Poster Presentation The 3rd Prato Conference on the Pathogenesis of Bacterial Diseases of Animals 2014

Serological investigation in a persistent outbreak of bovine botulism (#11)

Luca Bano 1 , Elena Tonon 1 , Ilenia Drigo 1 , Alexander Tavella 2 , Giacomo Berto 1 , Katia Capello 3 , Cedric Woudstra 4 , Fabrizio Agnoletti 1
  1. Special Bacteriology Laboratory, Istituto Zooprofilattico Sperimentale delle Venezie, Villorba di Treviso, Italy
  2. Veterinary Diagnostic Laboratory, Istituto Zooprofilattico Sperimentale delle Venezie, Bolzano, Italy
  3. Epidemiological Unit, Istituto Zooprofilattico Sperimentale delle Venezie, Legnaro, Italy
  4. Food Safety Laboratory, French Agency for Food, Environmental and Occupational Health Safety (ANSES), Maisons-Alfort, France

Animal botulism is a neuro-paralytic disease caused by neurotoxins (BoNT) produced by a gram-positive, sporeforming anaerobic bacterium named Clostridium botulinum. BoNTs are classified into 7 serotypes from A to G on the basis of their antigenic properties. An additional serotype (known as BoNT/H) has been proposed, but its confirmation as a novel toxin serotype requires further experimental validation1. Although serology showed to be a useful tool to discriminate vaccinated from unvaccinated cows, some studies demonstrated that non-fatal natural exposure results inadequate to cause seroconversion to type D toxin2,3.
In 2012, slight signs referable to botulism were observed in a dairy cattle herd of ten lactating Simmental cows, four pregnant heifers and seven calves of the same breed. The disease spread over a period of 11 weeks with a low mortality rate (one cow). The majority of the affected animals recovered after five to eight weeks since the beginning of the symptoms. The diagnosis of botulism type C was assessed by PCR type-specific protocols, bacteriological examination and BoNT detection. An in-house ELISA was developed, validated on a vaccinated herd and applied in the studied clinical case. The ROC analysis provided a specificity of 95% and a sensitivity of 90% for the developed ELISA. All ELISA positive animals (8/14) tested positive also by PCR and neurotoxin gene characterization showed that the strain was a non-chimeric type C.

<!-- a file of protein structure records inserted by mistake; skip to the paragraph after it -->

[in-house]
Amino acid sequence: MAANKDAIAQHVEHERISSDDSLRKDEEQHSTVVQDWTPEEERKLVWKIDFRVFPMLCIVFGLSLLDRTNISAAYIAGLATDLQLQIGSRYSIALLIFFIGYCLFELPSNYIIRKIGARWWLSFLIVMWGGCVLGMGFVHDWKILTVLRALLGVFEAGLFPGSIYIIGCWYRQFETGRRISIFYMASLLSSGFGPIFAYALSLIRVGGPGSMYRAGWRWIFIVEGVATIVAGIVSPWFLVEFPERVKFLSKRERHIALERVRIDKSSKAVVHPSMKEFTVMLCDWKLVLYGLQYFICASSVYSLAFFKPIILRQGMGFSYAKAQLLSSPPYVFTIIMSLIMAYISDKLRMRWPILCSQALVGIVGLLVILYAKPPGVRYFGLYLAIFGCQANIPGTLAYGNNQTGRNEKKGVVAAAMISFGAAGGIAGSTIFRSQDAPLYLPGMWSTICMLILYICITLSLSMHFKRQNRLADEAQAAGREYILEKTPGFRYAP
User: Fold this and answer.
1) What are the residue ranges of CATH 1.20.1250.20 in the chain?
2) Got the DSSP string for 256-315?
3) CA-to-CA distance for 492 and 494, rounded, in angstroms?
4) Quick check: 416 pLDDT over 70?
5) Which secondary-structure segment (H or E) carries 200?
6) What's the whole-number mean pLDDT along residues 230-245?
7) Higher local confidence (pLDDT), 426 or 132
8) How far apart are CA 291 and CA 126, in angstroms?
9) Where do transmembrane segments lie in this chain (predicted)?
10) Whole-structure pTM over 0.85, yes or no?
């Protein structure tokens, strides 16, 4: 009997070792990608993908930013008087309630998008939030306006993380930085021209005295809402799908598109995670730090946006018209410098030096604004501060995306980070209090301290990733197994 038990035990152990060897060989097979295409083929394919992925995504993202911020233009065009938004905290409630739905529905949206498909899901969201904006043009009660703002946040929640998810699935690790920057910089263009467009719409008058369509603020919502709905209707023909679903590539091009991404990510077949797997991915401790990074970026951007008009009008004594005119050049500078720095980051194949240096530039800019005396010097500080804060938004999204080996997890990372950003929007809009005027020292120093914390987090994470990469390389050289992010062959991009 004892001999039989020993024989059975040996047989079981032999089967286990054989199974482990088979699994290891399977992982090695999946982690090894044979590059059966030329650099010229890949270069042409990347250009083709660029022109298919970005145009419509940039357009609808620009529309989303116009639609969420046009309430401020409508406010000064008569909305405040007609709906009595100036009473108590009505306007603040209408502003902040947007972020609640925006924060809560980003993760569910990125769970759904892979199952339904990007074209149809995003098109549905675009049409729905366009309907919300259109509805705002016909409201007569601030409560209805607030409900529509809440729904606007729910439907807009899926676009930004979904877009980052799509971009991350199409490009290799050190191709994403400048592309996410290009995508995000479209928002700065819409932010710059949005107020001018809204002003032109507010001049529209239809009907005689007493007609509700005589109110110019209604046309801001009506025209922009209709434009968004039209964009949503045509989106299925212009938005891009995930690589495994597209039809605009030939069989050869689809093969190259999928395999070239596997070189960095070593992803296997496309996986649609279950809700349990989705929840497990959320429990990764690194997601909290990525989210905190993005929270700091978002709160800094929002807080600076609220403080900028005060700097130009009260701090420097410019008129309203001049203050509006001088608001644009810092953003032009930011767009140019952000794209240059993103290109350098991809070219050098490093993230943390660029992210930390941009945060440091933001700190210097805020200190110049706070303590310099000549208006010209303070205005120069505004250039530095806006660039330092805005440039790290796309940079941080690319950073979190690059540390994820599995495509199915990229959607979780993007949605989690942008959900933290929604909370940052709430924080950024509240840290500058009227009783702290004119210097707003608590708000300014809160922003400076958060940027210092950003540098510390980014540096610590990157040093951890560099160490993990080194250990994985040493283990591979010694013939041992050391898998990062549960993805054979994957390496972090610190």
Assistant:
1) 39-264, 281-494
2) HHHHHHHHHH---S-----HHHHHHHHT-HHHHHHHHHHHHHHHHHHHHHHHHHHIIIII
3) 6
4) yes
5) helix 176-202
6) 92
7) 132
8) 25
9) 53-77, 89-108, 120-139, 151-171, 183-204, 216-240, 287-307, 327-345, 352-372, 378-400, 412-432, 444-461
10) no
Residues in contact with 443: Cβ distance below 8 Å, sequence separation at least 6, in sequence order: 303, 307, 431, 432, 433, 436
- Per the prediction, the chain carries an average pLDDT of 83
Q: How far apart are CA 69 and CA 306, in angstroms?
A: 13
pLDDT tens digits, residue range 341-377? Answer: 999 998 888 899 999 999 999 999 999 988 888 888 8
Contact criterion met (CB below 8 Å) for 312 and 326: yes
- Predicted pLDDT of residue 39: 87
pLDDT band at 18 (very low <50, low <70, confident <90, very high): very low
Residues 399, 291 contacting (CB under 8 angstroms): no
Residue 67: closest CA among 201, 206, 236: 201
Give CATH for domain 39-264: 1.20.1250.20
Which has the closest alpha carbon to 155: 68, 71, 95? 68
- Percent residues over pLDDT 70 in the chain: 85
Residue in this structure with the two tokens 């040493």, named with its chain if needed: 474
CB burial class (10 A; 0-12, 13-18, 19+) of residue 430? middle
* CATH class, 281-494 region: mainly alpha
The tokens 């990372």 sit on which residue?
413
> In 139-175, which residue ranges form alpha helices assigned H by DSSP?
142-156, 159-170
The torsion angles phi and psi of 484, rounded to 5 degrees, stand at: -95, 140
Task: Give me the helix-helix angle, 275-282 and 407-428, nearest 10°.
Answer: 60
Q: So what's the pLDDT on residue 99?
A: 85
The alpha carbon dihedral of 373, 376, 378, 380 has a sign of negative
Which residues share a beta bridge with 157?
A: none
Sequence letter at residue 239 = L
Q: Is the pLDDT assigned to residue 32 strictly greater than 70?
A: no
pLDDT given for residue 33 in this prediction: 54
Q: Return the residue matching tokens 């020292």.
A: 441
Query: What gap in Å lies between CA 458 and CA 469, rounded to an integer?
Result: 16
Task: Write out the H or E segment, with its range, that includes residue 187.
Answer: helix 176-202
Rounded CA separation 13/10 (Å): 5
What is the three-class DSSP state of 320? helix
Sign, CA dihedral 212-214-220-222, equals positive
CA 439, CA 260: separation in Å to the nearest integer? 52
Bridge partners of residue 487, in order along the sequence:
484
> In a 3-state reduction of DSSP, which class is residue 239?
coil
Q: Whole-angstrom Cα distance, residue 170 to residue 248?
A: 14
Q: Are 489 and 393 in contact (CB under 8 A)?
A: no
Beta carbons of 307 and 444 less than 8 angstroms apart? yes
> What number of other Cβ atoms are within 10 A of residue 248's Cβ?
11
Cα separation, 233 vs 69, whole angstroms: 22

Contrary to what demonstrated for type D, our findings suggest that non-chimeric type C BoNTs can provide a seroconversion in cattle. This could be due to the fact that type C neurotoxin is less lethal to bovine than type D/C or C/D. This possibility has already been demonstrated in chicken where type C/D showed to be more toxic than type C4. This difference in toxicity could explain the slight clinical signs and the seroconversion.

  1. Dover, N., Barash, J. R., Hill, K. K., Xie, G. & Arnon, S. S. 2014. Molecular characterization of a novel botulinum neurotoxin type H gene J. Infect. Dis. 209, 192–202.
  2. Steinman A., Chaffer M., Elad D. & Shpigel N. Y. 2006. Quantitative analysis of levels of serum immunoglobulin G against botulinum neurotoxin type D and association with protection in natural outbreaks of cattle botulism. Clinical and Vaccine Immunology : CVI 13, 862-868.
  3. Mawhinney I., Palmer D., Gessler F., Cranwell M., Foyle L., Otter A., Payne J., Strugnell B. 2012. Investigation of serology for diagnosis of outbreaks of botulism in cattle. The Veterinary Journal 192, 382–384.
  4. Takeda M., Tsukamoto K., Kohda T., Matsui M., Mukamoto M. & Kozaki S. 2005. Characterization of the neurotoxin produced by isolates associated with avian botulism. Avian Diseases 49, 376-381.